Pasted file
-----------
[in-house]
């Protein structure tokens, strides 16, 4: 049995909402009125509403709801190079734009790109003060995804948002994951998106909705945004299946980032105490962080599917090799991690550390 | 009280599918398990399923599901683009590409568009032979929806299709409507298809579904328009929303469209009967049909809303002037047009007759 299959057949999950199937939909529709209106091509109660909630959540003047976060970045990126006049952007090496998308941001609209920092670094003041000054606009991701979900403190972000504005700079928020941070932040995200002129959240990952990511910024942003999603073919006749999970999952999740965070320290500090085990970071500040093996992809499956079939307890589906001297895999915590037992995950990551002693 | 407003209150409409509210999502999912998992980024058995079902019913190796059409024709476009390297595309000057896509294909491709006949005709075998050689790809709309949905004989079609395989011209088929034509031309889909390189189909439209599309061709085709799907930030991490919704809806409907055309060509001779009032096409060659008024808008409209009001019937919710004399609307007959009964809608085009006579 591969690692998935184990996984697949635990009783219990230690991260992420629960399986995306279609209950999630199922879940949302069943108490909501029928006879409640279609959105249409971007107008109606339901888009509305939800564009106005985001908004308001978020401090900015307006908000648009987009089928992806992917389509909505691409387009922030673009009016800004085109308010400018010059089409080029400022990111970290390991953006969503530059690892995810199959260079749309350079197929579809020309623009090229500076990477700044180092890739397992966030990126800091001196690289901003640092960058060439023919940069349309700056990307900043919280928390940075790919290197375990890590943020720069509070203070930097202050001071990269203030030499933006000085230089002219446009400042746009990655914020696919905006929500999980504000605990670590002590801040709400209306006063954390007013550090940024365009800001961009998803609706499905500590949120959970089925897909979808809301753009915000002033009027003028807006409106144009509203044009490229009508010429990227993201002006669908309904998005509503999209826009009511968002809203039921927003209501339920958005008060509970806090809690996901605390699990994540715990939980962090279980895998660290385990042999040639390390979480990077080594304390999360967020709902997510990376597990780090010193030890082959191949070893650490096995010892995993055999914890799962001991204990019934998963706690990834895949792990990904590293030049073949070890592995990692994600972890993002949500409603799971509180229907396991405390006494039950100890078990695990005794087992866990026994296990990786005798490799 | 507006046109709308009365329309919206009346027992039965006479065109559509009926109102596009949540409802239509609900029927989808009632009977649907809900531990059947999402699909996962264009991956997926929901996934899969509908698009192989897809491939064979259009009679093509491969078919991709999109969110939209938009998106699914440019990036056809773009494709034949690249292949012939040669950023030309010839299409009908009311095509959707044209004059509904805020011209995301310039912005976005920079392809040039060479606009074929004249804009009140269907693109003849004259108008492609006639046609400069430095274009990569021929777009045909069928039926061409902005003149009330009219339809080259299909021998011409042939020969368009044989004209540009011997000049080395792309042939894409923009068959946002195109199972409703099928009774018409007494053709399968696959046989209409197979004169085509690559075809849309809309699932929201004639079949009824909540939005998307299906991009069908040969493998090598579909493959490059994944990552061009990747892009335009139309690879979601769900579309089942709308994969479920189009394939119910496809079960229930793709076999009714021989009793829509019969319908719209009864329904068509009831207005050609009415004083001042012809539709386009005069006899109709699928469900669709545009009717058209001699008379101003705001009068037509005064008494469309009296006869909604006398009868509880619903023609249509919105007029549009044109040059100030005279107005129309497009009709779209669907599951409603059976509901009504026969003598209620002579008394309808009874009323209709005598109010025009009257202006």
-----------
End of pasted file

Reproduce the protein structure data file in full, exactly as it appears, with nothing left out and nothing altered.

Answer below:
[in-house]
């Protein structure tokens, strides 16, 4: 049995909402009125509403709801190079734009790109003060995804948002994951998106909705945004299946980032105490962080599917090799991690550390 | 009280599918398990399923599901683009590409568009032979929806299709409507298809579904328009929303469209009967049909809303002037047009007759 299959057949999950199937939909529709209106091509109660909630959540003047976060970045990126006049952007090496998308941001609209920092670094003041000054606009991701979900403190972000504005700079928020941070932040995200002129959240990952990511910024942003999603073919006749999970999952999740965070320290500090085990970071500040093996992809499956079939307890589906001297895999915590037992995950990551002693 | 407003209150409409509210999502999912998992980024058995079902019913190796059409024709476009390297595309000057896509294909491709006949005709075998050689790809709309949905004989079609395989011209088929034509031309889909390189189909439209599309061709085709799907930030991490919704809806409907055309060509001779009032096409060659008024808008409209009001019937919710004399609307007959009964809608085009006579 591969690692998935184990996984697949635990009783219990230690991260992420629960399986995306279609209950999630199922879940949302069943108490909501029928006879409640279609959105249409971007107008109606339901888009509305939800564009106005985001908004308001978020401090900015307006908000648009987009089928992806992917389509909505691409387009922030673009009016800004085109308010400018010059089409080029400022990111970290390991953006969503530059690892995810199959260079749309350079197929579809020309623009090229500076990477700044180092890739397992966030990126800091001196690289901003640092960058060439023919940069349309700056990307900043919280928390940075790919290197375990890590943020720069509070203070930097202050001071990269203030030499933006000085230089002219446009400042746009990655914020696919905006929500999980504000605990670590002590801040709400209306006063954390007013550090940024365009800001961009998803609706499905500590949120959970089925897909979808809301753009915000002033009027003028807006409106144009509203044009490229009508010429990227993201002006669908309904998005509503999209826009009511968002809203039921927003209501339920958005008060509970806090809690996901605390699990994540715990939980962090279980895998660290385990042999040639390390979480990077080594304390999360967020709902997510990376597990780090010193030890082959191949070893650490096995010892995993055999914890799962001991204990019934998963706690990834895949792990990904590293030049073949070890592995990692994600972890993002949500409603799971509180229907396991405390006494039950100890078990695990005794087992866990026994296990990786005798490799 | 507006046109709308009365329309919206009346027992039965006479065109559509009926109102596009949540409802239509609900029927989808009632009977649907809900531990059947999402699909996962264009991956997926929901996934899969509908698009192989897809491939064979259009009679093509491969078919991709999109969110939209938009998106699914440019990036056809773009494709034949690249292949012939040669950023030309010839299409009908009311095509959707044209004059509904805020011209995301310039912005976005920079392809040039060479606009074929004249804009009140269907693109003849004259108008492609006639046609400069430095274009990569021929777009045909069928039926061409902005003149009330009219339809080259299909021998011409042939020969368009044989004209540009011997000049080395792309042939894409923009068959946002195109199972409703099928009774018409007494053709399968696959046989209409197979004169085509690559075809849309809309699932929201004639079949009824909540939005998307299906991009069908040969493998090598579909493959490059994944990552061009990747892009335009139309690879979601769900579309089942709308994969479920189009394939119910496809079960229930793709076999009714021989009793829509019969319908719209009864329904068509009831207005050609009415004083001042012809539709386009005069006899109709699928469900669709545009009717058209001699008379101003705001009068037509005064008494469309009296006869909604006398009868509880619903023609249509919105007029549009044109040059100030005279107005129309497009009709779209669907599951409603059976509901009504026969003598209620002579008394309808009874009323209709005598109010025009009257202006």